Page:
Going Solo: National Youth Theatre school auditions

Josie Clark
Tuesday, September 1, 2020

Josie Clark's students had enormous success in auditions for this year's cohort of the National Youth Theatre, she explains why she's an advocate, and how to support students through the process

 The NYT REP Company's 2019 production of A Midsummer Night's Dream at the Criterion Theatre
The NYT REP Company's 2019 production of A Midsummer Night's Dream at the Criterion Theatre


I've always admired the National Youth Theatre's work in providing people aged 14-25 with the life-changing experience of working with professionals within the performing arts industry, and offering them the platform to have a voice among an inclusive and diverse company of talented individuals by performing in groundbreaking productions. The company boasts impressive alumni including Dame Helen Mirren, Colin Firth and Sir Daniel Day-Lewis.

The company hosts national auditions for students at theatres, arts venues, and community settings across the UK, and this year they've also piloted digital auditions, where students can submit a five-minute video as an application. However, only recently did I discover that alongside these options, they also offer the opportunity for both state and private schools to host auditions within their own drama spaces.

Working within a state-funded academy in which figures for disadvantaged students are in the 60–80th percentile nationally, I vehemently believe in the power of the arts to make a difference to all young people and to expose them to arts practices and opportunities they would never normally be aware of or have access to. Discovering that we could bring NYT auditions to our school was an artistic epiphany that I had to pursue.

In-school auditions

Undertaking NYT auditions within your own school environment has significant benefits as our students discovered (prior to the national lockdown). The audition consists of performing a monologue, poem or retelling of a story up to two minutes in length; or participating in backstage interviews to become part of the design team. Facilitating these auditions within our own academy prior to the audition day allowed me to run weekly extra-curricular rehearsals with our students, who had all selected the acting pathway. I was able to advise and facilitate the selection of texts, provide focused feedback on the staging of their work, encourage them to explore alternative interpretations of their speeches and instil a sense of confidence, in a familiar space they knew and associated with personal and artistic success.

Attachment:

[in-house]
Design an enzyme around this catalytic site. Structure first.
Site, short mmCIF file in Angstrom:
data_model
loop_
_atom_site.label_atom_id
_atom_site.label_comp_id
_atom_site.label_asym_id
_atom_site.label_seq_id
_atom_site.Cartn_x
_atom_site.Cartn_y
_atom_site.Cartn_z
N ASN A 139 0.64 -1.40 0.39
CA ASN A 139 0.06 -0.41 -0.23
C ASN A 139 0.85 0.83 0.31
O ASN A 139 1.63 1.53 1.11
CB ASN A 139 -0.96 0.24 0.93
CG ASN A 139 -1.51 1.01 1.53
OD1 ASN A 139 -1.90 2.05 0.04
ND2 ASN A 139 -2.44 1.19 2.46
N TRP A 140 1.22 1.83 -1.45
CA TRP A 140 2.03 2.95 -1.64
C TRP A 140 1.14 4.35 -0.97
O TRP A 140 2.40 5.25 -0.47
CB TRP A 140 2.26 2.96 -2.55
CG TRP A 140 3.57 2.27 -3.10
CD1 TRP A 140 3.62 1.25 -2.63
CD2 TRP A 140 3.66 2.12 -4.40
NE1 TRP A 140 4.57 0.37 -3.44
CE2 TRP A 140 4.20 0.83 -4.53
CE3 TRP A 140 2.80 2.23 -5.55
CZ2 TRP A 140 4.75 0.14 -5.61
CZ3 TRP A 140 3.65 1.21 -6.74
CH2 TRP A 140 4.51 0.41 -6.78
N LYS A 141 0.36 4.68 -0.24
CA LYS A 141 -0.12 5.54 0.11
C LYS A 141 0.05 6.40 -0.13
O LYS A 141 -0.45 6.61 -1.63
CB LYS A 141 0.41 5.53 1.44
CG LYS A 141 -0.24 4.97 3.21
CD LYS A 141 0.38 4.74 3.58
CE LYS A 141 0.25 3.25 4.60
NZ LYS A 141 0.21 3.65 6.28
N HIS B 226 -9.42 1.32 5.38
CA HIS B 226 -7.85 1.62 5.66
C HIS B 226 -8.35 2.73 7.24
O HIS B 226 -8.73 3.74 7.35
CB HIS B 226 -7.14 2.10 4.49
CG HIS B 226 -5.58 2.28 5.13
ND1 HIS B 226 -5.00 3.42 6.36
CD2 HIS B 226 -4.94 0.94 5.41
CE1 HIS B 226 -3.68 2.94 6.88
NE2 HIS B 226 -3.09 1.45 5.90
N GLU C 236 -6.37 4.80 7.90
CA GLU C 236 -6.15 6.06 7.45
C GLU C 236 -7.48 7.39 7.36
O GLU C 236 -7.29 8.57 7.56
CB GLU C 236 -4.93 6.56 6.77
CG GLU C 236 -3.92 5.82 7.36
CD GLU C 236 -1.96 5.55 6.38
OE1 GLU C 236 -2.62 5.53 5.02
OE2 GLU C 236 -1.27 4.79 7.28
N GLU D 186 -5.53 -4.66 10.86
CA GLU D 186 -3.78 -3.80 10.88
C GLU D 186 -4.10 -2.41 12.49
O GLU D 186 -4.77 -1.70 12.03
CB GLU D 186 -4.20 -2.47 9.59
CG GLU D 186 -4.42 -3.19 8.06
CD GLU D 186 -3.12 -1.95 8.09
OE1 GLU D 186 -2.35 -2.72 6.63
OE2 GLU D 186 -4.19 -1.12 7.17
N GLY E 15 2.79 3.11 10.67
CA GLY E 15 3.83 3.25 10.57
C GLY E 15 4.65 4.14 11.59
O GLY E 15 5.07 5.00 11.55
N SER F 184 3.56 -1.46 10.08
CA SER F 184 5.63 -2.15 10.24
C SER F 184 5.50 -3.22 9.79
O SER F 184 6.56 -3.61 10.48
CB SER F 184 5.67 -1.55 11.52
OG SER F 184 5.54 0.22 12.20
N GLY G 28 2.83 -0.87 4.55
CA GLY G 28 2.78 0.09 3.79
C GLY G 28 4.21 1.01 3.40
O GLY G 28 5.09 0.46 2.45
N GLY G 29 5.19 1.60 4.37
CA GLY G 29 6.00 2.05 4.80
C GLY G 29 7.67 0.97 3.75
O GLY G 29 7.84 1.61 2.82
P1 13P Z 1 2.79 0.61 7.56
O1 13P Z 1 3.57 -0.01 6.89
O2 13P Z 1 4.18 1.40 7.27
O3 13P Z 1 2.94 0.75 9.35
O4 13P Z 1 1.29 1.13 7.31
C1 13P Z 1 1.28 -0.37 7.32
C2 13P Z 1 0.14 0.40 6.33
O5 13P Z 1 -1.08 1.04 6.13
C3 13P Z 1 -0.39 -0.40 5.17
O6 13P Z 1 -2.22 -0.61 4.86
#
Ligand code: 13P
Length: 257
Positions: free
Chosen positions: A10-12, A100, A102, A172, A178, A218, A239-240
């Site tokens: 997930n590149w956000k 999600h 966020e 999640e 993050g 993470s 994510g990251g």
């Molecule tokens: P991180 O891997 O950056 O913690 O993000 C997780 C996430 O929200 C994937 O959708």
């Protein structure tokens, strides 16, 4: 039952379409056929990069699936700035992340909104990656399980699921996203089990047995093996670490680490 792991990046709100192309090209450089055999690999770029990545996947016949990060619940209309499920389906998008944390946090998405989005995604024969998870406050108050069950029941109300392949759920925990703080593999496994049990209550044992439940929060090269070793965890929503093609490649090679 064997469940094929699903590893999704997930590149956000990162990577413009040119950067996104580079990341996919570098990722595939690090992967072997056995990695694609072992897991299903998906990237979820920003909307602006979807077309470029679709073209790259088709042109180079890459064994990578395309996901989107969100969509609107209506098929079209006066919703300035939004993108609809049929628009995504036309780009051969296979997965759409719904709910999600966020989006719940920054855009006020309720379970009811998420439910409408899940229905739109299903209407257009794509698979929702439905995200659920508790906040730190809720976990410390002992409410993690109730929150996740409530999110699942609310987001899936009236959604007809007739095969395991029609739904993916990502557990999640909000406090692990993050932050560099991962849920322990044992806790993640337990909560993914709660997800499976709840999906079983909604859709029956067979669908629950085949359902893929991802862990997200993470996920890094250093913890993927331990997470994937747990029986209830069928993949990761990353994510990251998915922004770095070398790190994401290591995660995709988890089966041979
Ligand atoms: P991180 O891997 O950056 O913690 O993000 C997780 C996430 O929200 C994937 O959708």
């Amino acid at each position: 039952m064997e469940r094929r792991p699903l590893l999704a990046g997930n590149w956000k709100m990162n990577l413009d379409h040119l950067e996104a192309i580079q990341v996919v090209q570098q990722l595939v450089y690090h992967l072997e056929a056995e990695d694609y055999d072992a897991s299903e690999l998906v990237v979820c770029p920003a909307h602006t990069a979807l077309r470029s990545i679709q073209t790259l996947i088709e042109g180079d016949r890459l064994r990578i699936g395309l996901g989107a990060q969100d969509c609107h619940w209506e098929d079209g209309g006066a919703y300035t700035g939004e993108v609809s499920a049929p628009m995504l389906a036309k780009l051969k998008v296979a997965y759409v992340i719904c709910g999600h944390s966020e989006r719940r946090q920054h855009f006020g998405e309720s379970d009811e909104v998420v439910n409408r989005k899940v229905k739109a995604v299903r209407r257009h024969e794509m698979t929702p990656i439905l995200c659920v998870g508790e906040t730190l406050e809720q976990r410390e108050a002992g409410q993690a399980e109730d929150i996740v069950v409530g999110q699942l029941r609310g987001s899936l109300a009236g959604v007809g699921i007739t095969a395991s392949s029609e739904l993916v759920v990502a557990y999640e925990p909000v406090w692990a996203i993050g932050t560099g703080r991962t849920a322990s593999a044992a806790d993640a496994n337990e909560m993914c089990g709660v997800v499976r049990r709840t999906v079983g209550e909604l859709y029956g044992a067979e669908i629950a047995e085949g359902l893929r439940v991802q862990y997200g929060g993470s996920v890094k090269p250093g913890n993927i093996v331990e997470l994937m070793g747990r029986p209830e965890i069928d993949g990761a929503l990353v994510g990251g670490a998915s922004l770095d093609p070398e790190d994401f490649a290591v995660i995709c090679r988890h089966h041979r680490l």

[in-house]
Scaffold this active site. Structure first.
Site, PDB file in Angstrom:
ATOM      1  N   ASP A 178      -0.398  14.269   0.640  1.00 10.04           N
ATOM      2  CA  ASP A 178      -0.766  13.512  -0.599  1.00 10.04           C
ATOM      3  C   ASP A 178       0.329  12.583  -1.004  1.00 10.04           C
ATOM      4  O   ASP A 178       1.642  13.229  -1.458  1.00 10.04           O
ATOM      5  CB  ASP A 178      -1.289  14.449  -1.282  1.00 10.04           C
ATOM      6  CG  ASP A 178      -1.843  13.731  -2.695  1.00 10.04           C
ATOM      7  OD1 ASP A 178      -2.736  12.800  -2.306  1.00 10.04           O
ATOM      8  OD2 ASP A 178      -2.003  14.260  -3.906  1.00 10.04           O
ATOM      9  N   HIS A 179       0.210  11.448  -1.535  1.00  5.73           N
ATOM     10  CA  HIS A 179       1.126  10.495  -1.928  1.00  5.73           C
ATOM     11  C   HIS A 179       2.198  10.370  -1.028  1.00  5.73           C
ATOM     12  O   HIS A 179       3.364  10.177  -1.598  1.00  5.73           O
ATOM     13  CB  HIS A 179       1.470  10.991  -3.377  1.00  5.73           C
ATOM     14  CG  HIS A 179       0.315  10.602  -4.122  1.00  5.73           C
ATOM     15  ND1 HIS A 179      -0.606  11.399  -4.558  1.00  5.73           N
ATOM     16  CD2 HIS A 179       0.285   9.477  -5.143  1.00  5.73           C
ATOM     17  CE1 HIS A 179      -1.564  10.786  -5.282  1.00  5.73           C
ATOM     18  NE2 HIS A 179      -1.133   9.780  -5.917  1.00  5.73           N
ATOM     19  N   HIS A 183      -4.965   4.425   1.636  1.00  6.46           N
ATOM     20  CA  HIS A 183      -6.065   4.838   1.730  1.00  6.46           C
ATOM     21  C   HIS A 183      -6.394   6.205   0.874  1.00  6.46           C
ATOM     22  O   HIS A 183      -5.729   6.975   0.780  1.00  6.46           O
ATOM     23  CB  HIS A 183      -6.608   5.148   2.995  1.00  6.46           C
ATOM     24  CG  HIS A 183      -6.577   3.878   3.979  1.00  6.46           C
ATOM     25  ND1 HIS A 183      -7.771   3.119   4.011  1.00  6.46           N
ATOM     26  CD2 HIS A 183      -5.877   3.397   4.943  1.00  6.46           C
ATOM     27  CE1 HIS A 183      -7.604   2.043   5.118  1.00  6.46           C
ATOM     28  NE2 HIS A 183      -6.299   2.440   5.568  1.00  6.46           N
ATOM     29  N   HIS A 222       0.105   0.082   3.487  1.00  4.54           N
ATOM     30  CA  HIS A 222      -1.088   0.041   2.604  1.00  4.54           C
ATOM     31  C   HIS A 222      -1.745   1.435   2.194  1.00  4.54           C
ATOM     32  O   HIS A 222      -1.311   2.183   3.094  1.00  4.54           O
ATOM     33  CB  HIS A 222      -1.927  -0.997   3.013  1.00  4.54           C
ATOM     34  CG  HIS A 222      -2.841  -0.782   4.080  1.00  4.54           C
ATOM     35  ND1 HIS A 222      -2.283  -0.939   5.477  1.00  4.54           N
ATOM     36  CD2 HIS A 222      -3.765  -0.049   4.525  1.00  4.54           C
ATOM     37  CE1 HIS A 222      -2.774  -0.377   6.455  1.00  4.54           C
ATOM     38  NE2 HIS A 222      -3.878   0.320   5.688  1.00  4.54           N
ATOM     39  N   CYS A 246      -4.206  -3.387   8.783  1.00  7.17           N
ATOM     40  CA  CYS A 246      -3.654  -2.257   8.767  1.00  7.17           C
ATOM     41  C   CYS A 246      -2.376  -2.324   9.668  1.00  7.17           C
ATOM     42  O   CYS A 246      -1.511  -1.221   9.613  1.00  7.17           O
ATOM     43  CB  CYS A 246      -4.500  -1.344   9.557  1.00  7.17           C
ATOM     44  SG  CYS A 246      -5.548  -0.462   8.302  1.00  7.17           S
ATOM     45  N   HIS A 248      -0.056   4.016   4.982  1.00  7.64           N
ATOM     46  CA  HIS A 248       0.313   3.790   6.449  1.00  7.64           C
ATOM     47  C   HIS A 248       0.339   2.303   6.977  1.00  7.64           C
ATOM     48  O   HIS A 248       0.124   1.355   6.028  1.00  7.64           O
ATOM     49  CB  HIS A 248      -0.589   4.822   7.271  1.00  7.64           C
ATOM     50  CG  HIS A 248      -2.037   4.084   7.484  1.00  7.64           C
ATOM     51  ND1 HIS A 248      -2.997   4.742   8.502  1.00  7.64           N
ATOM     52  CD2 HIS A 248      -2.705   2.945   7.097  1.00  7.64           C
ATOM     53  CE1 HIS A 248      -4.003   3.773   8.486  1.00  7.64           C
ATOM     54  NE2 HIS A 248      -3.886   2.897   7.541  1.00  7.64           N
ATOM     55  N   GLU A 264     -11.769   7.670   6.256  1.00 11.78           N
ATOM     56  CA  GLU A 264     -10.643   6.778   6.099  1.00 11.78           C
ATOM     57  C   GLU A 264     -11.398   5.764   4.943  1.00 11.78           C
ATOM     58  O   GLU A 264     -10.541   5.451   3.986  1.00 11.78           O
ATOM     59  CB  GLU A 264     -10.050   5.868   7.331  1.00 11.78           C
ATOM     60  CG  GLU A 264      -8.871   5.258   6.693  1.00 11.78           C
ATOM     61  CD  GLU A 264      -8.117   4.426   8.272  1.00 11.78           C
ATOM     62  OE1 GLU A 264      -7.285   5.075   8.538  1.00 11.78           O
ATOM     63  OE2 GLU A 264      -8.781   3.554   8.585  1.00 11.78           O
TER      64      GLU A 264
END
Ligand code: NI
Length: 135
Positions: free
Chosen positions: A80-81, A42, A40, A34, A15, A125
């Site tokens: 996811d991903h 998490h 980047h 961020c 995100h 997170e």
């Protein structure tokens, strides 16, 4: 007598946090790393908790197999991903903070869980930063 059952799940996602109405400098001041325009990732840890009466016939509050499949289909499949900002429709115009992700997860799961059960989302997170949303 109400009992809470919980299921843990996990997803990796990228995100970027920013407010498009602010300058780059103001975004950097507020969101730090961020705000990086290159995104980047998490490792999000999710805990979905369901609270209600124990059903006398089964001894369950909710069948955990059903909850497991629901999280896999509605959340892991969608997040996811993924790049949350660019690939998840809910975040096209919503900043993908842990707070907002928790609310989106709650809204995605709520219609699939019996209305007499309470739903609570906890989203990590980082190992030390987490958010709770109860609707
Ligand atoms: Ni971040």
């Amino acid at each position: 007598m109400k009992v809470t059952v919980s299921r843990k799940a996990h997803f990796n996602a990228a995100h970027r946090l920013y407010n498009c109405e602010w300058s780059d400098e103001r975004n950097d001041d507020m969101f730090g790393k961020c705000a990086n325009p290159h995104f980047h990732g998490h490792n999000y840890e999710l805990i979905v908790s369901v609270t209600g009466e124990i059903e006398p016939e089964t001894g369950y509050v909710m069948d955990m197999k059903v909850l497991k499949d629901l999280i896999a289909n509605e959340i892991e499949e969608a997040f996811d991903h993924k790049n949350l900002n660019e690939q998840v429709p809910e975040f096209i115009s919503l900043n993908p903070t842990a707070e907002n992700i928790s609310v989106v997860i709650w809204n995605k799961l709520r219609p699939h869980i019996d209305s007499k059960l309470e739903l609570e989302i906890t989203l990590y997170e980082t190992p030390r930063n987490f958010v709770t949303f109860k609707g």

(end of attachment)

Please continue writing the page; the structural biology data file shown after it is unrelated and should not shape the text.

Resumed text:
The process of organising the day was seamless, with an NYT Marketing Manager assisting every step of the way with the practical logistics of organising and implementing an audition schedule. A minimum of fifteen students were expected to participate, and pre-registration is required as audition results are sent directly to those involved. Audition fees are slightly reduced compared to those at a public venue, and bursaries are available for eligible students.

What's involved

On the day of auditions, any nerves felt by our students immediately dissipated with the approachable and positive demeanour of a NYT Associate Ambassador. This experienced director led our cohort of twelve through a three-hour dynamic ensemble workshop, with a real emphasis on students being generous and playful within their collaborative interactions as they engaged in a series of creative challenges. Taking artistic risks within their own school space instantly made our participants feel at ease: ‘I feel so blessed,’ Tyrese (16) commented, ‘being able to go through this process within an environment I would call my second home and with people who I would call my family.’

During the afternoon, students were allocated a ten-minute individual audition slot in which they performed their speeches and undertook one-to-one interviews. Every student reinterpreted their monologue in response to focused direction, to gauge how receptive they were. An authentic interest was shown in each student's artistic endeavours but also in their hobbies and skills beyond the arts, to get a clearer picture of the whole person and their compatibility with the values and beliefs held by NYT.

The wait for results day was a heady mix of excitement and nerves. When news arrived in mid-May that four of our twelve students had been accepted into the company, the youngest being only 14, there was collective euphoria at such success in our first year. Those offered a place will undertake an access course, delivered remotely this year, before becoming members of NYT, entitling them to audition for productions and casting opportunities across the UK. This experience provided all students who auditioned with invaluable insight into the professional processes of the performing arts industry. I would strongly recommend it.